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"Black Panther" Guide to Healthcare Utopia

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llustration by Wendy Gu

Wakanda Forever! That’s what I have been yelling since the premiere of Marvel’s Black Panther. An amazing film which feels more like an expose of African and African American culture than a superhero movie, it’s splendor leaves little to the imagination. King T’Challa (the Black Panther) hails from Wakanda, a utopian East African land. Filled with sprawling African plains, soaring mountains, and generous waterfalls it is inhabited by beautiful animals and even more beautiful people.

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One scene that interested me is when CIA Agent Erik Ross is shot in the spine by supervillan Klaue. Presumed to be a gunshot wound in the thoracic spine, he is taken to Wakanda for treatment. In their scientific lab, he is healed through the power of Vibranium, Wakanda’s magical metal. Infused within the terrains of Wakanda after a vibranium-filled meteor crashed into its lands, the metal provides superhuman abilities when consumed. It is also known to harbor kinetic energy and is a part of Black Panther’s suit (and was also used to make Captain America’s shield). With its healing properties, not only is Mr. Ross’ health completely restored, but he is healed in record time (24 hours).

With the amazing ability vibranium had on the CIA Agent, I am tempted to ask -- what would health care look like in Wakanda? Here is what I think:

  1. Healthcare would be free

  • Recognizing the techno-utopia that is Wakanda, it is hard to believe that there would be difficulty providing free access to healthcare for all. As a place that has prided itself in refusing international aid, I am sure they have the resources to care for all, without costs to residents.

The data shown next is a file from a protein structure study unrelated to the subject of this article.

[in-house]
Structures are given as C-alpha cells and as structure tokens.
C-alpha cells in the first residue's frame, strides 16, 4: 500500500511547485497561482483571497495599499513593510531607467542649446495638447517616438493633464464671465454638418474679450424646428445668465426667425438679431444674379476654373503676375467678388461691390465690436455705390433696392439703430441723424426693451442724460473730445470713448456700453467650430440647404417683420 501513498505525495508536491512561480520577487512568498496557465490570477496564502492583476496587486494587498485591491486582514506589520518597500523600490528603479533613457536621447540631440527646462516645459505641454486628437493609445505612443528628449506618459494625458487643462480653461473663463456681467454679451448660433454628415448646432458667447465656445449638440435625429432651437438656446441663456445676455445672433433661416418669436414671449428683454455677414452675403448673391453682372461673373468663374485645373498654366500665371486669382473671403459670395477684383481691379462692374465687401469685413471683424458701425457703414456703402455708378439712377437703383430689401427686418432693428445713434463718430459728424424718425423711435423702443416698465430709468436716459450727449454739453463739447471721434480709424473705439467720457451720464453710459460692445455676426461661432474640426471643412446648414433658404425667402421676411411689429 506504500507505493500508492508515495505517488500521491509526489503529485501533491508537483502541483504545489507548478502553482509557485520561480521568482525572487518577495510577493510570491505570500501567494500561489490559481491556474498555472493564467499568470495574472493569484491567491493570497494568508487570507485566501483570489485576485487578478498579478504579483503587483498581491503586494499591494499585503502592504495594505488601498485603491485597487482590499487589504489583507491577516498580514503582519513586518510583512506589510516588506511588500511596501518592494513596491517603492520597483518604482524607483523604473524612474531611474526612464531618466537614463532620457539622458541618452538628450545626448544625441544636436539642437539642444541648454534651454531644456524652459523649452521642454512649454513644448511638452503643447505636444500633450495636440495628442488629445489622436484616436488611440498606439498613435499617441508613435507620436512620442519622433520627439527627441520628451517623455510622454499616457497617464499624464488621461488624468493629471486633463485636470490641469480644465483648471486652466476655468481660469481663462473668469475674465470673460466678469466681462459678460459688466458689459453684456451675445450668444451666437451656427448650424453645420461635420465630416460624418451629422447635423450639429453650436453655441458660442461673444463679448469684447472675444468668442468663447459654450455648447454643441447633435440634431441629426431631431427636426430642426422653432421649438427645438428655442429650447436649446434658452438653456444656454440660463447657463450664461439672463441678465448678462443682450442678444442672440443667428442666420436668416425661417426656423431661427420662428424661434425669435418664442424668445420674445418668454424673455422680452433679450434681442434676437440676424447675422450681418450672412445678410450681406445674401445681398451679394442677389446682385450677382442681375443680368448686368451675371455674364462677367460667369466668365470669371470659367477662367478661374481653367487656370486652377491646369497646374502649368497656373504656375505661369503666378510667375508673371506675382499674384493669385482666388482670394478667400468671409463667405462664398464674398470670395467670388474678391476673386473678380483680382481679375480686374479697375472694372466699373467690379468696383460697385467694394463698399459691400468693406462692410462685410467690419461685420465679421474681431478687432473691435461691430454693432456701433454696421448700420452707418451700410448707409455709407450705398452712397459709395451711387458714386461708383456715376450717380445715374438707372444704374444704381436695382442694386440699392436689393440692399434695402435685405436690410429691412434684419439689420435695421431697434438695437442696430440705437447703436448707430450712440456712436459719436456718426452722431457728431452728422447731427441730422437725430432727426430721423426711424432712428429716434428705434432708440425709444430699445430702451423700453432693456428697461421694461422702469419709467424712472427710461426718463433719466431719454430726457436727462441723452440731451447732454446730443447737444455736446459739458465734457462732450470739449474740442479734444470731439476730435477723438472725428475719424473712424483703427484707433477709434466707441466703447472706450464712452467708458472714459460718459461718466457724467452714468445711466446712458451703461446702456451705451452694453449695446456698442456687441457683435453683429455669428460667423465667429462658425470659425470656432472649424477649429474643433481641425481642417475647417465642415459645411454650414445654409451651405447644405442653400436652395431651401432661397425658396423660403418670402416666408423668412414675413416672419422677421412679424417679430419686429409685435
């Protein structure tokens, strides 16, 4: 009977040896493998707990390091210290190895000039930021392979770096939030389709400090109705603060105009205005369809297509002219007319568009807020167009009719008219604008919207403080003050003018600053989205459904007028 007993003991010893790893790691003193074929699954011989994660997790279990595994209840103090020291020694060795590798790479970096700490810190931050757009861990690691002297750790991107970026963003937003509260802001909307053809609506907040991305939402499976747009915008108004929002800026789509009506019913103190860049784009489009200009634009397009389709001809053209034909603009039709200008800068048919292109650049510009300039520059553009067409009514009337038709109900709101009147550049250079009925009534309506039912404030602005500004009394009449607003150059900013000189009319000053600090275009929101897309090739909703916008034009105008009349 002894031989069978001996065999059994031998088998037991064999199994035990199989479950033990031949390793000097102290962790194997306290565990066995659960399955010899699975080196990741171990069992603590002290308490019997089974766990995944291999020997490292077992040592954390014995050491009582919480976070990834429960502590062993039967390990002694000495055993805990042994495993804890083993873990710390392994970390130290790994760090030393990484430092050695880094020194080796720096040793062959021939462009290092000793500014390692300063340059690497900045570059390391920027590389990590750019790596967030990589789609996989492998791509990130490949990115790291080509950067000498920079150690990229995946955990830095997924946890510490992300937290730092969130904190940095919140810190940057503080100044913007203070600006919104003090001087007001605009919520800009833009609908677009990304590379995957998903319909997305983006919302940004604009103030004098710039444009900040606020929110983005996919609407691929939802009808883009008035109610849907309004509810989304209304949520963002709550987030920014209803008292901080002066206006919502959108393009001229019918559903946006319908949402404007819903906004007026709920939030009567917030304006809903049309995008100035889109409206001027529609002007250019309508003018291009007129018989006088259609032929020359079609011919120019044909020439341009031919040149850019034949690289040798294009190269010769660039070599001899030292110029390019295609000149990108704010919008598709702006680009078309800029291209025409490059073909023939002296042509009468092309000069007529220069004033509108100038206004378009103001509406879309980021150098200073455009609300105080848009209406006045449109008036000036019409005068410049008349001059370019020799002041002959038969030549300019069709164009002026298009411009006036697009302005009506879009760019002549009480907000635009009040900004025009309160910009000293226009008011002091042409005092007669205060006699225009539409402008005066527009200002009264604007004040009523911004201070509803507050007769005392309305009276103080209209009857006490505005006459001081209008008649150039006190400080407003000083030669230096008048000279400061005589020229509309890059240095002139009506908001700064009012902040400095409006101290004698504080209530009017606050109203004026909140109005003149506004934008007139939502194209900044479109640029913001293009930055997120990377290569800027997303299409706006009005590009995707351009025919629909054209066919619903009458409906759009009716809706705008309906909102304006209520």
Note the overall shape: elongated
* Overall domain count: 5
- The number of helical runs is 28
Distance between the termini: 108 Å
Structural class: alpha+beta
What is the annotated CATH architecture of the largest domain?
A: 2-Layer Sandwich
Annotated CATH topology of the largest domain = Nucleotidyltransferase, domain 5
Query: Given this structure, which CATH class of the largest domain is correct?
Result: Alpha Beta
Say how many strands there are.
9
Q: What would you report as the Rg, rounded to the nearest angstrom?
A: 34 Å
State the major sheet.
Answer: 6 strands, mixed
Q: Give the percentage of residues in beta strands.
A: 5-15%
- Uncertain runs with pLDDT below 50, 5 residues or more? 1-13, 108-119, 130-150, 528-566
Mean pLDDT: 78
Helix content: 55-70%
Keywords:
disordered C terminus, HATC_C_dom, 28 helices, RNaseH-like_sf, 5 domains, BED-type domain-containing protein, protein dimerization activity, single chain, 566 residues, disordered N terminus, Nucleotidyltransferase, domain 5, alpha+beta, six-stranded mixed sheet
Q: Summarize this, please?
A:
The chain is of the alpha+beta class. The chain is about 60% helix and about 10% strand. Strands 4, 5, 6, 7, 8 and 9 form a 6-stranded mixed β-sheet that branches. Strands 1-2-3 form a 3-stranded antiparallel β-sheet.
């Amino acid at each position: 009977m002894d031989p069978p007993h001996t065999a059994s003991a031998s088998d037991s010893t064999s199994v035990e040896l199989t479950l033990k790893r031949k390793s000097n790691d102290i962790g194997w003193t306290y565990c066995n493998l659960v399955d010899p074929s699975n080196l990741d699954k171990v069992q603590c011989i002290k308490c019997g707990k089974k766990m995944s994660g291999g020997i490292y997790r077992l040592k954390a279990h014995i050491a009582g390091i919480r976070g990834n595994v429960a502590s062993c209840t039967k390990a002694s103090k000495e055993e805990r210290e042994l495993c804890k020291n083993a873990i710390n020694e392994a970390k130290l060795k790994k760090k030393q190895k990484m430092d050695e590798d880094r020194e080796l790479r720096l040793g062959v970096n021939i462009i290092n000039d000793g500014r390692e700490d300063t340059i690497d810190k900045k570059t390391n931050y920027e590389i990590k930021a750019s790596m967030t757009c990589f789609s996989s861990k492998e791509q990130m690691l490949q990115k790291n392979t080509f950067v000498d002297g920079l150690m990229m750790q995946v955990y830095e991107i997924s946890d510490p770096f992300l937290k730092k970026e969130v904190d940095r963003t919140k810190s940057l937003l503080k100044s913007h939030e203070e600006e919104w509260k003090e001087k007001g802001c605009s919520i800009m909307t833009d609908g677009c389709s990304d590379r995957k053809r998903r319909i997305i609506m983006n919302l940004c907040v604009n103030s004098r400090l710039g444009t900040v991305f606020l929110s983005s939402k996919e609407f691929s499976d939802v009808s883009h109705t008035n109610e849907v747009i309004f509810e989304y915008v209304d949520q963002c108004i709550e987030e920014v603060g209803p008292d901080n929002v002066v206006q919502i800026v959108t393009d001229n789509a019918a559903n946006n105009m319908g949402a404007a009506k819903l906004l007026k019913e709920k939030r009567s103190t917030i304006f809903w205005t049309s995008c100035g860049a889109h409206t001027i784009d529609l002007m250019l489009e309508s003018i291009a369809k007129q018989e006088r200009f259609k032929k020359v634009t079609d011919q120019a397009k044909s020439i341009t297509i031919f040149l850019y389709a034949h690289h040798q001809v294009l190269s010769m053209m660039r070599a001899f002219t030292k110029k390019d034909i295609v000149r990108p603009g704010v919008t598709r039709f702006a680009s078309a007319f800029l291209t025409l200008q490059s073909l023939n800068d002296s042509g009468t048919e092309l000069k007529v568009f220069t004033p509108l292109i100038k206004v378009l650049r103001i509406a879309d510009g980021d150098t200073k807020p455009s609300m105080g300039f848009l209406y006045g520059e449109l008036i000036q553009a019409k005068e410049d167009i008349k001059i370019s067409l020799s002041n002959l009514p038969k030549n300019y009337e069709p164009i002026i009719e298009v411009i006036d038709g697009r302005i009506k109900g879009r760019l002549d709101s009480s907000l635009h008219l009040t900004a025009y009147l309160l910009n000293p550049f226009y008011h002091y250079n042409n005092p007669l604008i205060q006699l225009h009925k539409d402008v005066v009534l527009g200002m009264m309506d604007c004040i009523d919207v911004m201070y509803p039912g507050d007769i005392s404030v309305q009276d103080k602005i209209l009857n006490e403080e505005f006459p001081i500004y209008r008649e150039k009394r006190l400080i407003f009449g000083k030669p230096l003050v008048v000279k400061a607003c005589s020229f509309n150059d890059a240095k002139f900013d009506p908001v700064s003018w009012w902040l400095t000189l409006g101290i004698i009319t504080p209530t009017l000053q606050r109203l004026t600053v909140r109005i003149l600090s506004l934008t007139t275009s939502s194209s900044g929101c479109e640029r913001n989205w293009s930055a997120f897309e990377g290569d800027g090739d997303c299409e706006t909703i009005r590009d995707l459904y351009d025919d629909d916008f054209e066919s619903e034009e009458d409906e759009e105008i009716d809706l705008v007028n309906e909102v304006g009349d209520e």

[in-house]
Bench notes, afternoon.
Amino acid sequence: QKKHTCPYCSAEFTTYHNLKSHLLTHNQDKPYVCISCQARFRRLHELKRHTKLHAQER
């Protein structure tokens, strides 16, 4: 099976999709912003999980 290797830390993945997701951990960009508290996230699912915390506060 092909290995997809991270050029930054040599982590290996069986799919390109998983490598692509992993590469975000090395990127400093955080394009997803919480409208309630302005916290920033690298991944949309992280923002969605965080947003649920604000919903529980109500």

2. There would be no racial/ethnic/gender/sexual orientation bias

  • Under the new leadership of King T’Challa, intolerance will not be condoned and individuals will find peace in knowing they will receive quality care no matter how “different” they are.

3. Mental health would be a priority

  • Mental health would be recognized as a health issue as serious as diabetes, hypertension, or HIV and would be addressed in both the community and private sectors.
  • Safe and effective allopathic treatments and counseling services would be available for both adults and children.

4. Nutritional and physical health would take precedence

  • Physical health and exercise would be incorporated into the lifestyles of citizens with healthy dietary options available for all.

5. Eastern and Western approaches to medicine would be appreciated and celebrated

  • The intertwining of naturopathy and allopathic medicine will allow for a greater range of ways to deal with sickness and illness (take for instance the use of the Heart Shaped Herb to heal King T’Challa).

6. All drugs would be effective with no side or adverse effects

  • Medication would treat illness without concern for negative consequences.

7. Technology and Human Intelligence would work together

  • Gone are the days of frustration over EMR systems, computer down times, and the “hinderance” of technology in the practice of medicine. Technology would allow for a streamlining in the diagnosis, treatment, and prevention of disease.
  • There will be easy access to necessary medical equipment (MRI, CT, etc) and laboratory facilities.

8. The healthworker-patient relationship would improve

  • Built on respect and patience, patients would feel they were being heard and understood by clinicians at all times.
  • Clinicians would take into account the opinions, concerns, and fears of patients and family members when making medical decisions.

9. Health care worker burnout would no longer exist

  • With its emphasis on mental health and the vast cohesiveness of the health system, workers would no longer be stressed by long hours, lack of support from administration, and emotional and physical stress.

What do you think would help create a perfect health care system?

Dr. Akua Ampadu is a hospitalist physician passionate about quality inpatient and outpatient adult care. As a survivor of work and life related burnout, she aims to provide tools necessary to live a life focused on self-care and self-advocacy. She is also recognizes the importance of reading to one’s health and created Healing Words Foundation in 2016, a literacy-based charity focused on providing books to pediatric wards and outpatient clinics. She is active on social media.

All opinions published on Op-Med are the author’s and do not reflect the official position of Doximity or its editors. Op-Med is a safe space for free expression and diverse perspectives. For more information, or to submit your own opinion, please see our submission guidelines or email

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